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Researchers 'set to unveil breakthrough Alzheimer's treatment'

HealthBy Sunday World
Researchers 'set to unveil breakthrough Alzheimer's treatment'

A drug which could stop Alzheimer's disease progressing could be unveiled later this week.

The treatment is called Solanezumab and has been in the testing process for some time, with trials appearing to show that it halts the illness if used early enough.

It's hoped the announcement will take place on Wednesday at the prestigious Alzheimer’s Association International Conference, and it'll mark the first time such a breakthrough has been made.

Alzheimer's disease is the most common form of dementia and is characterised by memory lapses, which get worse as it progresses. Sufferers may find it hard to remember new information, forget anniversaries, lose things and repeat themselves. It's caused by proteins which build up in the brain, forming things called plaques. These stop nerve cells being able to communicate properly, eventually leading to them dying and brain tissue being lost.

Up until now the only treatment available has been to help ease symptoms, not the underlying cause. This is where Solanezumab is different, as it works by sticking to the plaques and then getting rid of them from the brain.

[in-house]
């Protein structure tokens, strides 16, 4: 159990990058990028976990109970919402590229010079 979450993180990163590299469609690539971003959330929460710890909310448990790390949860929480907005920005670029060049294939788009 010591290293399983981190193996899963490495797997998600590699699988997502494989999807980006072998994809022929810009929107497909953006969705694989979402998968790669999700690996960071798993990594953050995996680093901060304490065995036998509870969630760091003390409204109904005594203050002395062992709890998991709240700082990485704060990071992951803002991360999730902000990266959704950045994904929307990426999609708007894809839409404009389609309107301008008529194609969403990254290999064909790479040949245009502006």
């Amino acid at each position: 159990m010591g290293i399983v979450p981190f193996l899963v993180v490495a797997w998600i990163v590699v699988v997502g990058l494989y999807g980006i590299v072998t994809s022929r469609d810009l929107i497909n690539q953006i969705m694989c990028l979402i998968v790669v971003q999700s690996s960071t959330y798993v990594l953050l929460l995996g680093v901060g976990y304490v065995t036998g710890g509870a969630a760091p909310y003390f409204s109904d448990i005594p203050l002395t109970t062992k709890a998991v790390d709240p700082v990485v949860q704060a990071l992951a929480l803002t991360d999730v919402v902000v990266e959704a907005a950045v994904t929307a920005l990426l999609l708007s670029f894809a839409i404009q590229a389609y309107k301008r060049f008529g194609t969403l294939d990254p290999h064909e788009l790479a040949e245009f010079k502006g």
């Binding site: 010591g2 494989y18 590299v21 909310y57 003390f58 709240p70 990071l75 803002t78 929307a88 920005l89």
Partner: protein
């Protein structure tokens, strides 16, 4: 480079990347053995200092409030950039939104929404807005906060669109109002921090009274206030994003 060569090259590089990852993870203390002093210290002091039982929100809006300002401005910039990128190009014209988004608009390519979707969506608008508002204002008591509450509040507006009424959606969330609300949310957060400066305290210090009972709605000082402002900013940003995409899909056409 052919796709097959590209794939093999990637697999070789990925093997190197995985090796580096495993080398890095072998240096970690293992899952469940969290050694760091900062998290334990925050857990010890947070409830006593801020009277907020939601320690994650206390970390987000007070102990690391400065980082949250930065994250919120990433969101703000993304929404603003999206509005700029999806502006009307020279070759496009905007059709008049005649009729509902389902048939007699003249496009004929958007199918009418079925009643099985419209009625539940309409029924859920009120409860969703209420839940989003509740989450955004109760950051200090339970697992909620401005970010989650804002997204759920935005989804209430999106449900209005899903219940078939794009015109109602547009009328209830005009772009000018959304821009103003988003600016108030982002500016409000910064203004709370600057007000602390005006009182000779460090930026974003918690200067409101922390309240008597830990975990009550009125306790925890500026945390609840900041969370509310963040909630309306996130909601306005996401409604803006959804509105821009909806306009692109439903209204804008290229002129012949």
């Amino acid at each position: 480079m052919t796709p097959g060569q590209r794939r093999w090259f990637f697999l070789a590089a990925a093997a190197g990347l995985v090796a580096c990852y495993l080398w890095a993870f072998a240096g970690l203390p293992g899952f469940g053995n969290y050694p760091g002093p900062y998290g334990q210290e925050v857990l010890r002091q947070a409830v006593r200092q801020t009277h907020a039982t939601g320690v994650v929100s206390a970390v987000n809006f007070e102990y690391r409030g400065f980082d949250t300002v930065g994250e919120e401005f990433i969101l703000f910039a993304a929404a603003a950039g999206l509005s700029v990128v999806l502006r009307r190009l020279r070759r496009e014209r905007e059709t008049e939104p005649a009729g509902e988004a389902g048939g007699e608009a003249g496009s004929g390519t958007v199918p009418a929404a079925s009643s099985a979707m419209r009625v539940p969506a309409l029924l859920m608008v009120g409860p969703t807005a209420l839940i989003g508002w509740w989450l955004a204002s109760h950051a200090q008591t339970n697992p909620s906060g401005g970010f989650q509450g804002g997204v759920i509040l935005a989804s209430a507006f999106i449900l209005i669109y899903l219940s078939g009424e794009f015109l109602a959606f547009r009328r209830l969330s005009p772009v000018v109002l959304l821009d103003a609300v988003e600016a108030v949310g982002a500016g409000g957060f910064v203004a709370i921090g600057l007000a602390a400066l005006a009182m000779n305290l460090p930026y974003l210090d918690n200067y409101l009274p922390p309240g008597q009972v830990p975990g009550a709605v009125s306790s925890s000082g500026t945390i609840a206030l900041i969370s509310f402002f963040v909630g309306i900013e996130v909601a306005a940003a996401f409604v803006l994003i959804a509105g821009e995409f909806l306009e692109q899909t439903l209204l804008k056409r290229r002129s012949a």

Initially it was thought the treatment hadn't had any impact during trials, but scientists then studied the data again and realised there was some improvement to those who'd received the drug early enough - meaning before their symptoms became severe.

US pharmaceutical company Eli Lilly is making the drug, but at the moment it hasn't said anything about Wednesday's rumoured announcement. It is thought to centre around research which has been conducted over the last two years, involving people with mild Alzheimer's symptoms taking the medication.

The news comes as many other groups of scientists attempt to find a cure for the disease. Teams at Stanford University have already found that increasing the body's immune system can help it clear away the plaques, and have been working on a drug to help this happen.

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